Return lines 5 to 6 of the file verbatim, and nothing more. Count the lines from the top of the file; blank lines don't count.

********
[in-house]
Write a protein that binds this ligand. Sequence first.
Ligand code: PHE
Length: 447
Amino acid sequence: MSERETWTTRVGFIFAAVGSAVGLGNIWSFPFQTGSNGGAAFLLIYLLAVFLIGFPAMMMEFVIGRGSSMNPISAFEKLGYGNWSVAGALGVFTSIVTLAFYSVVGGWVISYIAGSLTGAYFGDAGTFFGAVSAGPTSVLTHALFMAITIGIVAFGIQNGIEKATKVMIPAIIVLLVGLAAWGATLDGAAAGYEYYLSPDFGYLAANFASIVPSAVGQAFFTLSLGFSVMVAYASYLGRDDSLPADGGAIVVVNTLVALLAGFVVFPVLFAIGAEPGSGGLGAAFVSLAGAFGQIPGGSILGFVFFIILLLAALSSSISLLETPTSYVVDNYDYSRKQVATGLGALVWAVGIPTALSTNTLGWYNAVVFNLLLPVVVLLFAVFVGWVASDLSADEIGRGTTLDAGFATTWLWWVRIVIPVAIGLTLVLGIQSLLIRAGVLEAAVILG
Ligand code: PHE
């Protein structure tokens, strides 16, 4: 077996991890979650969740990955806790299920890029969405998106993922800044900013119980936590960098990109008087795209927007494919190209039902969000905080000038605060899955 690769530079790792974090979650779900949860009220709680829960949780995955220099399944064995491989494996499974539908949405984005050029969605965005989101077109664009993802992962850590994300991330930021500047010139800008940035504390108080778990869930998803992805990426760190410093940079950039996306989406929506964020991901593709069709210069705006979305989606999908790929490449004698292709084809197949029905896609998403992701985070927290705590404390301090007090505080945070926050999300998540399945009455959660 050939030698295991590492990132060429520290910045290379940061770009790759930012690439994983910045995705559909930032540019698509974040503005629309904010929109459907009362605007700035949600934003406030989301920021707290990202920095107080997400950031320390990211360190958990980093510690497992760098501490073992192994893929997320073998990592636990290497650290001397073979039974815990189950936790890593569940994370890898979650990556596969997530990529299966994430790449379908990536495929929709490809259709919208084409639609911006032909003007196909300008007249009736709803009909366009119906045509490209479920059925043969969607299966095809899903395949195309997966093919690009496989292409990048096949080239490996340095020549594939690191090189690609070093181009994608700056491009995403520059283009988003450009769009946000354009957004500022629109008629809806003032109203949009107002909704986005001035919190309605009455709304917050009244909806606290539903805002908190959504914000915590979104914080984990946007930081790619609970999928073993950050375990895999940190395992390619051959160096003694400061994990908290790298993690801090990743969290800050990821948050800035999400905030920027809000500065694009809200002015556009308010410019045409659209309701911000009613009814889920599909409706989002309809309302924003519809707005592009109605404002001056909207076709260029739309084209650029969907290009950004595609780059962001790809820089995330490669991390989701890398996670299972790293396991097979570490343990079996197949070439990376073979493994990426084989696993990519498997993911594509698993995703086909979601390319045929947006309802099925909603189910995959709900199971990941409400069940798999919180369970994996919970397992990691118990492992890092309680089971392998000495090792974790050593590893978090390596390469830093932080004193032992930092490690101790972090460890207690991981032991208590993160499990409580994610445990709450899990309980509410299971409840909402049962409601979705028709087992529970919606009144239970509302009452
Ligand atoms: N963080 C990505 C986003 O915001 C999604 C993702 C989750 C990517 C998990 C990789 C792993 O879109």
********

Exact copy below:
Amino acid sequence: MSERETWTTRVGFIFAAVGSAVGLGNIWSFPFQTGSNGGAAFLLIYLLAVFLIGFPAMMMEFVIGRGSSMNPISAFEKLGYGNWSVAGALGVFTSIVTLAFYSVVGGWVISYIAGSLTGAYFGDAGTFFGAVSAGPTSVLTHALFMAITIGIVAFGIQNGIEKATKVMIPAIIVLLVGLAAWGATLDGAAAGYEYYLSPDFGYLAANFASIVPSAVGQAFFTLSLGFSVMVAYASYLGRDDSLPADGGAIVVVNTLVALLAGFVVFPVLFAIGAEPGSGGLGAAFVSLAGAFGQIPGGSILGFVFFIILLLAALSSSISLLETPTSYVVDNYDYSRKQVATGLGALVWAVGIPTALSTNTLGWYNAVVFNLLLPVVVLLFAVFVGWVASDLSADEIGRGTTLDAGFATTWLWWVRIVIPVAIGLTLVLGIQSLLIRAGVLEAAVILG
Ligand code: PHE